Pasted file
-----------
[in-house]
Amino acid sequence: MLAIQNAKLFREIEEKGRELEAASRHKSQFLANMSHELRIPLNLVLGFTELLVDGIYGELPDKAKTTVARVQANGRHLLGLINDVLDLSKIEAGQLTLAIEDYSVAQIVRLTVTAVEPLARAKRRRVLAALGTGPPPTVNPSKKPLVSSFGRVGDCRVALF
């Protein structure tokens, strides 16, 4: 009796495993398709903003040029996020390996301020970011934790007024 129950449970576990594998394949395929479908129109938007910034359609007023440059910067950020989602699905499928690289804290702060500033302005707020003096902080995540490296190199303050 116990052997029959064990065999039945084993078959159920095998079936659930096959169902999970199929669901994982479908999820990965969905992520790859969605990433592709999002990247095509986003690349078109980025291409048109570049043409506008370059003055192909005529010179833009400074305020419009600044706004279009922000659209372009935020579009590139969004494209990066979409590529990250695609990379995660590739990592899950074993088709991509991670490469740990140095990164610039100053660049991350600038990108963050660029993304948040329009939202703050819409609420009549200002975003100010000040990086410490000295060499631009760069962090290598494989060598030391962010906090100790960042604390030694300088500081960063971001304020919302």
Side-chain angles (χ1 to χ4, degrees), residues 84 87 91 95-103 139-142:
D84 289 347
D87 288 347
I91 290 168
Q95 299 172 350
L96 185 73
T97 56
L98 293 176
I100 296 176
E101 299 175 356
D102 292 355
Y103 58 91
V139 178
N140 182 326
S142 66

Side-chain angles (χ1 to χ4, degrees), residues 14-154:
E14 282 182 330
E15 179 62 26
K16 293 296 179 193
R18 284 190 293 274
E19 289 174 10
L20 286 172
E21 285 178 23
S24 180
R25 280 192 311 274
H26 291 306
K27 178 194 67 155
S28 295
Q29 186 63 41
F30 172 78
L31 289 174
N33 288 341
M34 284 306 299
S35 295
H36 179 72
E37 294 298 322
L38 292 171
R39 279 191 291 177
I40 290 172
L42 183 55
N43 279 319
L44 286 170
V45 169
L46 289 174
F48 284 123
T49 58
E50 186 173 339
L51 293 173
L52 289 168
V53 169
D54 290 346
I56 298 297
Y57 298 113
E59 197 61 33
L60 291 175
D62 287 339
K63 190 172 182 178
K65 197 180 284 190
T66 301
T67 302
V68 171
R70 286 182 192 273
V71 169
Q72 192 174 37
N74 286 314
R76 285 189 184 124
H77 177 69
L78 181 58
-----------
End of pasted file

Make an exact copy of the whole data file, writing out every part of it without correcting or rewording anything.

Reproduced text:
[in-house]
Amino acid sequence: MLAIQNAKLFREIEEKGRELEAASRHKSQFLANMSHELRIPLNLVLGFTELLVDGIYGELPDKAKTTVARVQANGRHLLGLINDVLDLSKIEAGQLTLAIEDYSVAQIVRLTVTAVEPLARAKRRRVLAALGTGPPPTVNPSKKPLVSSFGRVGDCRVALF
């Protein structure tokens, strides 16, 4: 009796495993398709903003040029996020390996301020970011934790007024 129950449970576990594998394949395929479908129109938007910034359609007023440059910067950020989602699905499928690289804290702060500033302005707020003096902080995540490296190199303050 116990052997029959064990065999039945084993078959159920095998079936659930096959169902999970199929669901994982479908999820990965969905992520790859969605990433592709999002990247095509986003690349078109980025291409048109570049043409506008370059003055192909005529010179833009400074305020419009600044706004279009922000659209372009935020579009590139969004494209990066979409590529990250695609990379995660590739990592899950074993088709991509991670490469740990140095990164610039100053660049991350600038990108963050660029993304948040329009939202703050819409609420009549200002975003100010000040990086410490000295060499631009760069962090290598494989060598030391962010906090100790960042604390030694300088500081960063971001304020919302």
Side-chain angles (χ1 to χ4, degrees), residues 84 87 91 95-103 139-142:
D84 289 347
D87 288 347
I91 290 168
Q95 299 172 350
L96 185 73
T97 56
L98 293 176
I100 296 176
E101 299 175 356
D102 292 355
Y103 58 91
V139 178
N140 182 326
S142 66

Side-chain angles (χ1 to χ4, degrees), residues 14-154:
E14 282 182 330
E15 179 62 26
K16 293 296 179 193
R18 284 190 293 274
E19 289 174 10
L20 286 172
E21 285 178 23
S24 180
R25 280 192 311 274
H26 291 306
K27 178 194 67 155
S28 295
Q29 186 63 41
F30 172 78
L31 289 174
N33 288 341
M34 284 306 299
S35 295
H36 179 72
E37 294 298 322
L38 292 171
R39 279 191 291 177
I40 290 172
L42 183 55
N43 279 319
L44 286 170
V45 169
L46 289 174
F48 284 123
T49 58
E50 186 173 339
L51 293 173
L52 289 168
V53 169
D54 290 346
I56 298 297
Y57 298 113
E59 197 61 33
L60 291 175
D62 287 339
K63 190 172 182 178
K65 197 180 284 190
T66 301
T67 302
V68 171
R70 286 182 192 273
V71 169
Q72 192 174 37
N74 286 314
R76 285 189 184 124
H77 177 69
L78 181 58